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Soap - still the best way to wash a dog

Soap ~ the centuries old “new thing”

WashBar grew from a passion for handmade soap. The soap making process is fascinating; by mixing oil with a strong alkali, a product (soap) is created that can wash oil off. It makes no sense at all yet makes all the sense in the world.

Soap making goes back thousands of years. No one really knows how, but it most likely started when our ancestors were cooking over a fire.  The fats from meat cooking dripped onto the ash of the fire. It was discovered that by rubbing the gooey substance this produced with water, it washed off dirt, grease and oil. Hey presto – soap by accident.

Modern soap making uses an alkali or lye which is mixed with vegetable oils rather than animal fat. By mixing the oil and lye together at the same temperature, a chemical reaction occurs that changes the molecular structure of the oil. The chemical process consumes all the alkali leaving a saponified end product – which is soap.

These newly formed molecules are quite special – they hate water and love dirt all at the same time. This is because soap molecules have two very distinct ends – they are amphiphilic.

One end of a soap molecule loves water – it’s hydrophilic. Hydro = water, Philic = attraction.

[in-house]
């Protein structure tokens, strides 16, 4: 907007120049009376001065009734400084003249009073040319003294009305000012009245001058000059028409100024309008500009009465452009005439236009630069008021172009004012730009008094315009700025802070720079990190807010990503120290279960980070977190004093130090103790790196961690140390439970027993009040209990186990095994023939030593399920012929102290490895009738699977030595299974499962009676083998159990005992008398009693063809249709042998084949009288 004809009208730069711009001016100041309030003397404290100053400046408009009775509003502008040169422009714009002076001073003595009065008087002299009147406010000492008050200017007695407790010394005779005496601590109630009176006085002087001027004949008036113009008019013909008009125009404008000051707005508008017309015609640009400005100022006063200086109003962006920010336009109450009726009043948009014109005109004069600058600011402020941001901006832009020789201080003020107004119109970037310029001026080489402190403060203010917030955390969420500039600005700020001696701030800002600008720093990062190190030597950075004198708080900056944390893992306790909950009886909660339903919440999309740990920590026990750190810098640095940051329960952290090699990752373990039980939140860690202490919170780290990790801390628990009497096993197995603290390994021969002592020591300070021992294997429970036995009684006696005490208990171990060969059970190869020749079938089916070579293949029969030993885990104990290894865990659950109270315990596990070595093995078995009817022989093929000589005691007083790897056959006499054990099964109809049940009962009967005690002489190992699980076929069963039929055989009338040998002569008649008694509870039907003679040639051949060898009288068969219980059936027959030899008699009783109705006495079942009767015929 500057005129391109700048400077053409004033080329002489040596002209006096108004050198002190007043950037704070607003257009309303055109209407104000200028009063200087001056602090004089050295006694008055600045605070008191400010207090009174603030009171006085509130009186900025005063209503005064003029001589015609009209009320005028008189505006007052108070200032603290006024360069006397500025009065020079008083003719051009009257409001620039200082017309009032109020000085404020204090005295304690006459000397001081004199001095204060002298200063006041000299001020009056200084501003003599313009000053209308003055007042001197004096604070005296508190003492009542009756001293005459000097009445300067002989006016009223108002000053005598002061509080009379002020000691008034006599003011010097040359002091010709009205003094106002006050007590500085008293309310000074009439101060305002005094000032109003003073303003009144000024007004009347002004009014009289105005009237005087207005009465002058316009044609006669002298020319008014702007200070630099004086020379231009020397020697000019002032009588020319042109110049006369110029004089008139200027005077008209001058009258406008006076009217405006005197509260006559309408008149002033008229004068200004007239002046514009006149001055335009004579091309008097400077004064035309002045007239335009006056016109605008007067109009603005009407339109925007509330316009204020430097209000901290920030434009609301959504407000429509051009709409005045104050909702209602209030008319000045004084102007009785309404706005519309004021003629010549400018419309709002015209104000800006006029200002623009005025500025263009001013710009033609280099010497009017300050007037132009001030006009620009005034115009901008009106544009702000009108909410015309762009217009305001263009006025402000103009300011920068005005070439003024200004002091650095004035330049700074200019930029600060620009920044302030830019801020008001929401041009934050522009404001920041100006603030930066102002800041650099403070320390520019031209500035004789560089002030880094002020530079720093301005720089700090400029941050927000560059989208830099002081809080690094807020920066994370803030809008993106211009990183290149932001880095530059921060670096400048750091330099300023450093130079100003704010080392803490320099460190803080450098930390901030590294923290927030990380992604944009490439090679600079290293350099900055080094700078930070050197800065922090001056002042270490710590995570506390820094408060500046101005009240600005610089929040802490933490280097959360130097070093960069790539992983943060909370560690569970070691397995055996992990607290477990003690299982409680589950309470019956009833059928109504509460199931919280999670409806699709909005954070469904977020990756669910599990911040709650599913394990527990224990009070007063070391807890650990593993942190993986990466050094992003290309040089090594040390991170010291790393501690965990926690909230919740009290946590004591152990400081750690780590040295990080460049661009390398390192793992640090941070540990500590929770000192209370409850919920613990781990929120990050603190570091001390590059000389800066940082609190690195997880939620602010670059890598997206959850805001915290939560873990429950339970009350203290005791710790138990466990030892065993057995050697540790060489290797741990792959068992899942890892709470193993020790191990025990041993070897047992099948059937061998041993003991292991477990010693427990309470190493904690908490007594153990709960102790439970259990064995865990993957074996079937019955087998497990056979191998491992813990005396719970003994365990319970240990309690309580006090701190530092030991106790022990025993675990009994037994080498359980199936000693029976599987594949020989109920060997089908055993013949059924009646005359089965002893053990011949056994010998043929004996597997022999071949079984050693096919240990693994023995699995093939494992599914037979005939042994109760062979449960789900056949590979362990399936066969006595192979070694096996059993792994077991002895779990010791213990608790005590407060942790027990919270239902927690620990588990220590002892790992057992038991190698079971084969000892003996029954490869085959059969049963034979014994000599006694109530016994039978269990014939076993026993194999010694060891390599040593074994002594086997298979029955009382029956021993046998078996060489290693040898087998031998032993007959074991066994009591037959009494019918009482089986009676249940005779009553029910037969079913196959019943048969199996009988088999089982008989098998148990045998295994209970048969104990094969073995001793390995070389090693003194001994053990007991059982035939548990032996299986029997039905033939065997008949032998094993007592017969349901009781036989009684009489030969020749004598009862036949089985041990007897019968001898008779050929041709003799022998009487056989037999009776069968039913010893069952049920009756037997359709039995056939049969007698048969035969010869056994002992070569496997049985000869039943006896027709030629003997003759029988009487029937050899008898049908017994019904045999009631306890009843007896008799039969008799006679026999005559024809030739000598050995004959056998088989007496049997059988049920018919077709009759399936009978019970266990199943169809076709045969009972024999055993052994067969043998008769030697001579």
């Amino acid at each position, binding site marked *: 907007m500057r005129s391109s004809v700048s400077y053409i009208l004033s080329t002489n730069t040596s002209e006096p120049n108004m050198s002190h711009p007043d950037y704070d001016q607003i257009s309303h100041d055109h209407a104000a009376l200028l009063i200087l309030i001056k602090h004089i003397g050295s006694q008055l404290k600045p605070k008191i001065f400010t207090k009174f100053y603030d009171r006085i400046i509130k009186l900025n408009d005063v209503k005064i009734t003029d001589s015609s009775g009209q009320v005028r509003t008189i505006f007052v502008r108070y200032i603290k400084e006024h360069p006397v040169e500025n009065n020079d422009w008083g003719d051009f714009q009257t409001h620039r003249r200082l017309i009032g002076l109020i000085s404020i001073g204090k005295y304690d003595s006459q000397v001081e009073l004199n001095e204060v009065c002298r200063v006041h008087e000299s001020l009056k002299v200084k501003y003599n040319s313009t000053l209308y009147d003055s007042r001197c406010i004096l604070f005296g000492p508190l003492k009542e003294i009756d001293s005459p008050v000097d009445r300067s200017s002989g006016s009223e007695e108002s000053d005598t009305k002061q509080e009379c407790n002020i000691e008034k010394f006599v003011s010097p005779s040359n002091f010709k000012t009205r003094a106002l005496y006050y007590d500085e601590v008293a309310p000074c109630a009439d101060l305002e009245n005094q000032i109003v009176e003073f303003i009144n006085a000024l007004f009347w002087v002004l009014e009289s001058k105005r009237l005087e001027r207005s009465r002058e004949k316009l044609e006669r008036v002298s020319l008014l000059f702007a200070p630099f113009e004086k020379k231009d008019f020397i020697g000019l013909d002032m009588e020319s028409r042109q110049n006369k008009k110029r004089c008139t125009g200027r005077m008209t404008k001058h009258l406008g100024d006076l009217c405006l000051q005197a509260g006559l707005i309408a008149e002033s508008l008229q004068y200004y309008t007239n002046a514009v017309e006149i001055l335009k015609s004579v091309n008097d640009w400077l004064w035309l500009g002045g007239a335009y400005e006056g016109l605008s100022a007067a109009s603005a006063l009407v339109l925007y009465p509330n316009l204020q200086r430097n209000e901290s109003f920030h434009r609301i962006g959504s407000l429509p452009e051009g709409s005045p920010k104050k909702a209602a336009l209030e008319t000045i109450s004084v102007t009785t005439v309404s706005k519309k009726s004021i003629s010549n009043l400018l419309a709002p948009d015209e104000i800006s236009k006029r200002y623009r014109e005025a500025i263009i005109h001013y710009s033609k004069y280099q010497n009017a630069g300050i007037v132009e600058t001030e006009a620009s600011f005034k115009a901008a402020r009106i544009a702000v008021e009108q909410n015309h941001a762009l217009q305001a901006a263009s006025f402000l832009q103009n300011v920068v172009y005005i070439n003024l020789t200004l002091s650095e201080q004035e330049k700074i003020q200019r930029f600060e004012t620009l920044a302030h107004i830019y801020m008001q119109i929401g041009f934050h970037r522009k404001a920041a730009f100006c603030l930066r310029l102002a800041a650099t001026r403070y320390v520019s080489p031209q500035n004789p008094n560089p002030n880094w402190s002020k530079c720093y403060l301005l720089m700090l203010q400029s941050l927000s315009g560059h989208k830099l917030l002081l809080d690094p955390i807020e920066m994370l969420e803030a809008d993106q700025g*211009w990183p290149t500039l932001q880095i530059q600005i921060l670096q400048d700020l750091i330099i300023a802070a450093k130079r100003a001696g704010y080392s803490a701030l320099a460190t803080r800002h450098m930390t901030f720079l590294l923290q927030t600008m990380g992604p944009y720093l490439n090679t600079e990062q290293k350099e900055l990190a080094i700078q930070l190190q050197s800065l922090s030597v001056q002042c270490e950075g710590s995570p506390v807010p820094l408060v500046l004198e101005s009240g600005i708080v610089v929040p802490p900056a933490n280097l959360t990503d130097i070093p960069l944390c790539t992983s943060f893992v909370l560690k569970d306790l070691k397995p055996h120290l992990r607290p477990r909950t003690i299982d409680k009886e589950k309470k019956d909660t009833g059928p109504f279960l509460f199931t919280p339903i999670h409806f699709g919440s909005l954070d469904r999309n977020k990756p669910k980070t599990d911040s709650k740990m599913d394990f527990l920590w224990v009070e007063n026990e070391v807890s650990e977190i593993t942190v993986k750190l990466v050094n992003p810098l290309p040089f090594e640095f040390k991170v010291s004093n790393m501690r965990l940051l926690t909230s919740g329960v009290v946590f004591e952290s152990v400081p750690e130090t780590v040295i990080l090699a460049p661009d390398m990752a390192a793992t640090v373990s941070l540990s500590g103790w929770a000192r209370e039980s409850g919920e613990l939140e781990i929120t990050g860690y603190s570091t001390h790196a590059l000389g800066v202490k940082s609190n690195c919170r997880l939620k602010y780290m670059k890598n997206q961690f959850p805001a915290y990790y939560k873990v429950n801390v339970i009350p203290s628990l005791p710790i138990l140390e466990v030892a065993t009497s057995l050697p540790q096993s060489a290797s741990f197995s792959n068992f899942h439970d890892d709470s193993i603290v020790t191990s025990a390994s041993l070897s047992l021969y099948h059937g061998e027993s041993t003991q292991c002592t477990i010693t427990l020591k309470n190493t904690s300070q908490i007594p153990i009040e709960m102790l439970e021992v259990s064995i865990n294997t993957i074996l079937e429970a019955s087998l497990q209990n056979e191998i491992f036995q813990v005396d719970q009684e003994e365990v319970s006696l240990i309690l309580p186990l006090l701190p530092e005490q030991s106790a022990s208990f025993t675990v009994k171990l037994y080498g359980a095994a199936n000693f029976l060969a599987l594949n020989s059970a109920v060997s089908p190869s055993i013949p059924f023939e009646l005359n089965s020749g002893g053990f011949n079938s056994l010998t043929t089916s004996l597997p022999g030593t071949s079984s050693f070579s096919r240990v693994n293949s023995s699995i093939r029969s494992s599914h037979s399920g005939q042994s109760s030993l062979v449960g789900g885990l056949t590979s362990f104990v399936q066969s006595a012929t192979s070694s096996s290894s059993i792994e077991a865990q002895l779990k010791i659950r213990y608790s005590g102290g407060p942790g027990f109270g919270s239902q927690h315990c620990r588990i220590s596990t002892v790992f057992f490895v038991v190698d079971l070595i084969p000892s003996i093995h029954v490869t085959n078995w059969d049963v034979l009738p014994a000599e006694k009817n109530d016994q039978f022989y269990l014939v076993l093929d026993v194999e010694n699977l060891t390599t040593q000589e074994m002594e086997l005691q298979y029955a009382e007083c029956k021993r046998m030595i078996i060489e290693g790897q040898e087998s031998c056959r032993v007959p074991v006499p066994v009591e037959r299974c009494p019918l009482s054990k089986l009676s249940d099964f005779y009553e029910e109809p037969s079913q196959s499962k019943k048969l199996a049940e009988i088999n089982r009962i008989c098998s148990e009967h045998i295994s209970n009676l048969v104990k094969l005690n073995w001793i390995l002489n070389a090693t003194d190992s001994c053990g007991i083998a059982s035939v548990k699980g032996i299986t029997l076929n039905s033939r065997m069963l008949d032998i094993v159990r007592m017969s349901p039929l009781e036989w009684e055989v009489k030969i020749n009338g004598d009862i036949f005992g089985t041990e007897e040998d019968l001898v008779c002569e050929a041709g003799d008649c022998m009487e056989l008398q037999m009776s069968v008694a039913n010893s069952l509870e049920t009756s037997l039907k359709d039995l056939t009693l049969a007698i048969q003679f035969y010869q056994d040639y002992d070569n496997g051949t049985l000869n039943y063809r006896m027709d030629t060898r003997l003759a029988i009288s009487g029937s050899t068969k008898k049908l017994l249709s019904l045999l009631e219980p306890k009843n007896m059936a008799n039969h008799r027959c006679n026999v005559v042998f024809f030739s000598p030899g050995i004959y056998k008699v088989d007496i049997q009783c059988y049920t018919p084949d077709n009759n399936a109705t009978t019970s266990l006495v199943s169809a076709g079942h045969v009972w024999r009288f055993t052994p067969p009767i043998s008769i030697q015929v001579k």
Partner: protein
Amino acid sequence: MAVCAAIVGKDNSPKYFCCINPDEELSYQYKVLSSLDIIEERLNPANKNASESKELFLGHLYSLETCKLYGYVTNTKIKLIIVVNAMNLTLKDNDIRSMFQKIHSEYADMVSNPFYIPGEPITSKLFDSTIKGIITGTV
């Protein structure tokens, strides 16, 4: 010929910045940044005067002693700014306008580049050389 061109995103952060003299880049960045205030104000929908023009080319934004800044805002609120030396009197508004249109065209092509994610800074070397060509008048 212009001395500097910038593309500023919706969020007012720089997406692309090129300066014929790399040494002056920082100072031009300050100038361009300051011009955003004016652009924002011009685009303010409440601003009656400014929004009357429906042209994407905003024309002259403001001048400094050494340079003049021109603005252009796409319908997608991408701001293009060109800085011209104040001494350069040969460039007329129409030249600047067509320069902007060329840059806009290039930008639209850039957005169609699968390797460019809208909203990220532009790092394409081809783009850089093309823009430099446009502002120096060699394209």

The other end of a soap molecule hates water – it’s hydrophobic. Hydro = water, Phobic = aversion.

When soap is rubbed with water the hydrophobic end of the soap molecule attaches to dirt and oil, the hydrophilic end attracts the water by sticking out and creating a sphere shape that captures the dirt, grease and oil in the centre.

That sphere is easily rinsed away when more water is introduced. Simple yet effective.

At WashBar we use a solid saponified base which is milled and mixed with active oils like Neem, Manuka, Kanuka and Lemon Myrtle Essential oils, before being pressed into bars. This produces a soap that cleans, nourishes and has benefits for the skin.

Comments /1/

  • My mother used to make soap. She boiled things up in the old copper and out came with soap. Most was pretty strong and good only for dishes and greasy clothes, but some was delightfully mild. She used it to wash our hair. She used lanolin she washed out of the sheeps’ wool when she was spinning.

Category: the dog blog
Published on: August 19, 2015
Written by: Jules Smith
Comments: Comments are off for this post.

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